from Mr Searle, Deputy Headmaster & Head of Seniors

‘History is bunk’. Or so thought Henry Ford, the maker of the first mass-produced automobile, in 1916. For those who have not come across the rather spirited term ‘bunk’ before, in this context, it is derived from the Dutch bunkum, meaning rubbish or nonsense. To be fair, Ford’s original comment was not quite so disparaging and it took a journalist to hack it down to these three words. Nonetheless, it is this assertion that is often quoted by people wishing to express their scepticism about the subject.

So, what’s the use of studying History? The answer is that History is inexorable. It studies the past, and the legacies of the past, in the present. Far from being a ‘dead’ subject, it connects things through time and encourages us to take a personal view of such connections. People are living histories: languages are inherited from the past; we live in societies with complex cultures, traditions and religions that have not been created overnight; we use technologies invented by others; and we are born with an inherited genetic template which has evolved during the entire lifespan of the human species. So comprehending the links between past and present is intrinsic to an understanding of being human. That, in a nutshell, is why History matters. It is not just useful, it is essential.

Pupils in the Senior Section of TN develop a number of key historical skills. These include understanding chronology; exploring and explaining the cause and consequence of events; learning how to analyse source material whilst considering the provenance of evidence in relation to reliability; and recounting events through engaging and informative narratives. Topics covered are varied but essentially revolve about the early modern period of the Tudor & Stuart Monarchs in Year 5; Georgian & Victorian Britain, and the Industrial Revolution, in Year 6; and the ISEB syllabus: ‘Medieval Realms, 1066-1485’, in Years 7&8.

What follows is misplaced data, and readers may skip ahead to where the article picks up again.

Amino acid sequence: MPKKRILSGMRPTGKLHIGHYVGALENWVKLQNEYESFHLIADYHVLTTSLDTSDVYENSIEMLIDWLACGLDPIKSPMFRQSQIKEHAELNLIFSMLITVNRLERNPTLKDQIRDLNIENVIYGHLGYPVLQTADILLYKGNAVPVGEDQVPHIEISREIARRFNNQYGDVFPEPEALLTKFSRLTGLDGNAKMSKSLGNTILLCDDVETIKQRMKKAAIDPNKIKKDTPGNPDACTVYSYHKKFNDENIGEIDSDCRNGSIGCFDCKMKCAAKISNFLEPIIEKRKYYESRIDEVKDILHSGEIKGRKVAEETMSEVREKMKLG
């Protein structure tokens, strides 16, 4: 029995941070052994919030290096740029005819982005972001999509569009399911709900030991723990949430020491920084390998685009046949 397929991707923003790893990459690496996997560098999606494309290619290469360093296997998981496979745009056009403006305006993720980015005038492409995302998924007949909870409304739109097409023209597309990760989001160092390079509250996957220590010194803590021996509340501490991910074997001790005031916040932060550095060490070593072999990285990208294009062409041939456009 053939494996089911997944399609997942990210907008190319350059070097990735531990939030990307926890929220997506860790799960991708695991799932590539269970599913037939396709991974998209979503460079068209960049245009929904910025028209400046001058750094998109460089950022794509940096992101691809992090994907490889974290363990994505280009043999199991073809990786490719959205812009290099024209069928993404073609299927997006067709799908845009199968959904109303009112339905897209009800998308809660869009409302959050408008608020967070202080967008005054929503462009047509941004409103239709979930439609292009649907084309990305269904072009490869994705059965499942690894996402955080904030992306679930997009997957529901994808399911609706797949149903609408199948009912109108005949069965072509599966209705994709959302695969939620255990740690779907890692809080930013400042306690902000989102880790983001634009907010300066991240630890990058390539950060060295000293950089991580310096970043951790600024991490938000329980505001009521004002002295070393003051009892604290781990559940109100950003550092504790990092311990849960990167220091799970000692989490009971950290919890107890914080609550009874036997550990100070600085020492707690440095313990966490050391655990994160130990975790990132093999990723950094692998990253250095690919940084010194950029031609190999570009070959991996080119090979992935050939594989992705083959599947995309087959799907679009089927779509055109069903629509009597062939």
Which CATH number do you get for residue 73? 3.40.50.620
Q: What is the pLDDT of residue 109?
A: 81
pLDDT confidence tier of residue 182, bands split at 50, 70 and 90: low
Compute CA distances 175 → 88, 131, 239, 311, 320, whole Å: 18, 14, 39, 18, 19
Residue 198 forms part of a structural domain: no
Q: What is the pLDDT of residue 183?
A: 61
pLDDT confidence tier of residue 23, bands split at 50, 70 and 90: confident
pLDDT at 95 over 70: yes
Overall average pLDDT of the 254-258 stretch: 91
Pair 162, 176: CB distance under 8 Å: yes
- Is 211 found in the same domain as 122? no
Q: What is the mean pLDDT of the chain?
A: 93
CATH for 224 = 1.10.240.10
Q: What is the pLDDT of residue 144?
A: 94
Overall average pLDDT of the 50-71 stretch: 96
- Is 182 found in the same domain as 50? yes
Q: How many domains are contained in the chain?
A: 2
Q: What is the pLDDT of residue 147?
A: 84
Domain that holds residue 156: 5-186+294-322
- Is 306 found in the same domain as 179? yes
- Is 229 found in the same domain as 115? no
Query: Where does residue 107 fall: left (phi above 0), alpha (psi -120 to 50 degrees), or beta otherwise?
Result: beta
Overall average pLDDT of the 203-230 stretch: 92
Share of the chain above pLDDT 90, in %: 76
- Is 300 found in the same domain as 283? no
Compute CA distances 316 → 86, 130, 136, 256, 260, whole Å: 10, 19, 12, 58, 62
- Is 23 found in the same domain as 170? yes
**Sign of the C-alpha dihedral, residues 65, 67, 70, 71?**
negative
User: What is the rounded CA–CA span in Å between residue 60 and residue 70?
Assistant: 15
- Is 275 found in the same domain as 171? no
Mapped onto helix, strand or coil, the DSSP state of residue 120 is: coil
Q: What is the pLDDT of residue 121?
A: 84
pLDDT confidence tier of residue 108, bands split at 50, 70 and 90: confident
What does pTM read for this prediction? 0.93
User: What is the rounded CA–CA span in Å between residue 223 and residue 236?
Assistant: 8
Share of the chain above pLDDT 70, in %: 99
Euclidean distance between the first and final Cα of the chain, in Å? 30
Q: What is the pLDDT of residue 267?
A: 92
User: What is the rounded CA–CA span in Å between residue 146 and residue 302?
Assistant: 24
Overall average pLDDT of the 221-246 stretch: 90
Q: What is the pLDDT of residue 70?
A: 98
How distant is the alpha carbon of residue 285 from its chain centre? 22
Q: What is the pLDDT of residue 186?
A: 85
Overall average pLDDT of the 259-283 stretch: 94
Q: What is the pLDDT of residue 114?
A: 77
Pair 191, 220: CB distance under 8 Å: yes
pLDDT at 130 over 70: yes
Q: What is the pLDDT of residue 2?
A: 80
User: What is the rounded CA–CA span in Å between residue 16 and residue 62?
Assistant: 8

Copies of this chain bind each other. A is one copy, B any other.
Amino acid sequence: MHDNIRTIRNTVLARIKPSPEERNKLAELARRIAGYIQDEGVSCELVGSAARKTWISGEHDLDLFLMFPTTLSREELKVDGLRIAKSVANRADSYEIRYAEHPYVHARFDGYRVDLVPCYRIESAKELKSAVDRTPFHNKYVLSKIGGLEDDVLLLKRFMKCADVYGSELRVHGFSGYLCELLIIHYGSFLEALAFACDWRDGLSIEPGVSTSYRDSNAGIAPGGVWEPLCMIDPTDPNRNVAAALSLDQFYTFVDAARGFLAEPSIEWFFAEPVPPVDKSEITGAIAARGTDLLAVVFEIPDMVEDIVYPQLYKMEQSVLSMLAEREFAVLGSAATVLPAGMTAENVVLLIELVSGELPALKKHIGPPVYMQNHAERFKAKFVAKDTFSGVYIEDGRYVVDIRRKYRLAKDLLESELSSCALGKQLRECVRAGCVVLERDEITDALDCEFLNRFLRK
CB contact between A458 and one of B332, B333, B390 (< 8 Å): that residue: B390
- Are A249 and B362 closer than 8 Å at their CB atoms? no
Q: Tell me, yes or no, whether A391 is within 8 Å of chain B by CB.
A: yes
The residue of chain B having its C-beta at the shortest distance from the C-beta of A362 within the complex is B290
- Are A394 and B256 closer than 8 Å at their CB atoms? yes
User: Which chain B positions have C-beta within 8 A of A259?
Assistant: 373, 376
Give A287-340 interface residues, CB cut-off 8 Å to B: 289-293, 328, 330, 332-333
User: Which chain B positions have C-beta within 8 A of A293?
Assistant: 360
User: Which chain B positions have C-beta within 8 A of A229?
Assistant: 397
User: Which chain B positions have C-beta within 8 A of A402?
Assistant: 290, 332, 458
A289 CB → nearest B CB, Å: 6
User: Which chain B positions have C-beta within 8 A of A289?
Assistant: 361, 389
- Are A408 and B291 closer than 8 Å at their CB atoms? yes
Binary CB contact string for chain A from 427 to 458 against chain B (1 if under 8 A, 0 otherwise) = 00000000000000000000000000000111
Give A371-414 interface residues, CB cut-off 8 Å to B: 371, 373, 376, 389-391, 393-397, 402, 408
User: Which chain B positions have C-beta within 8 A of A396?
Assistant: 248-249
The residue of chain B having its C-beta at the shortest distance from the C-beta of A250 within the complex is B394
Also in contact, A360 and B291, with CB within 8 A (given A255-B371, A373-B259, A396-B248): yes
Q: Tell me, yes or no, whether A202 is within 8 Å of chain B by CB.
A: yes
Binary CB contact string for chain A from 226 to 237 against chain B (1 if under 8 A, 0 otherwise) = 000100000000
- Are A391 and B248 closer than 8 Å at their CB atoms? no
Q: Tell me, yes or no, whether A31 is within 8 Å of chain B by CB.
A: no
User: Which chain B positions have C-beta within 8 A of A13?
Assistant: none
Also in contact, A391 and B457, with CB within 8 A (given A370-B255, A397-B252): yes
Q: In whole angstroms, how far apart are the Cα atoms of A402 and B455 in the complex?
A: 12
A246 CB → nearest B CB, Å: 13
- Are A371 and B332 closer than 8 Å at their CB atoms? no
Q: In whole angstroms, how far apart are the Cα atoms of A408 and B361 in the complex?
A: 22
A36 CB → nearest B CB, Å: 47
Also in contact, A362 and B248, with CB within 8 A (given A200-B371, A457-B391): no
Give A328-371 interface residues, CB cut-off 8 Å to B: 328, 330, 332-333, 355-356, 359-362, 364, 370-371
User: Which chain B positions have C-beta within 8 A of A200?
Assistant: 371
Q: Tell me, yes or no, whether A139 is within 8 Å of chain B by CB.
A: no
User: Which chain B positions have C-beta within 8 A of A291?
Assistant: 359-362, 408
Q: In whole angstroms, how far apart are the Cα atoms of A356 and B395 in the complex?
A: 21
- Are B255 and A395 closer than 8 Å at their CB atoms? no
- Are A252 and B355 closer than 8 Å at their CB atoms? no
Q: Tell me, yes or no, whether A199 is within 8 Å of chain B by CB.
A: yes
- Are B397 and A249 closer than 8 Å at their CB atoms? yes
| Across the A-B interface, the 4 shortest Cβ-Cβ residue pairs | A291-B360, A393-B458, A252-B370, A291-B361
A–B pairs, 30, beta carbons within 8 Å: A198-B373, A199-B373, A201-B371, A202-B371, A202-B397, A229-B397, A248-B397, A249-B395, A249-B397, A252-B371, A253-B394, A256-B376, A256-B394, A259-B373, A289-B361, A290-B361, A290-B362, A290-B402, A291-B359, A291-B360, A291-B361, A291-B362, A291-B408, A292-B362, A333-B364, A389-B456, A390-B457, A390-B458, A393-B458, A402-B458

Understandably, it is often the narrative histories which ignite the imaginations of the children. When given the freedom to present information through all manner of media, their results are entertaining, informative and quite often very humorous. There are many examples of their engagement but please take a few of minutes to watch the video below. It was produced by Edward, in Year 7, to tell the story of the Battle of Hastings, which took place on 14th October 1066. I am sure you will agree that nothing could be further from ‘bunk’ than this. Enjoy!


Rob Searle

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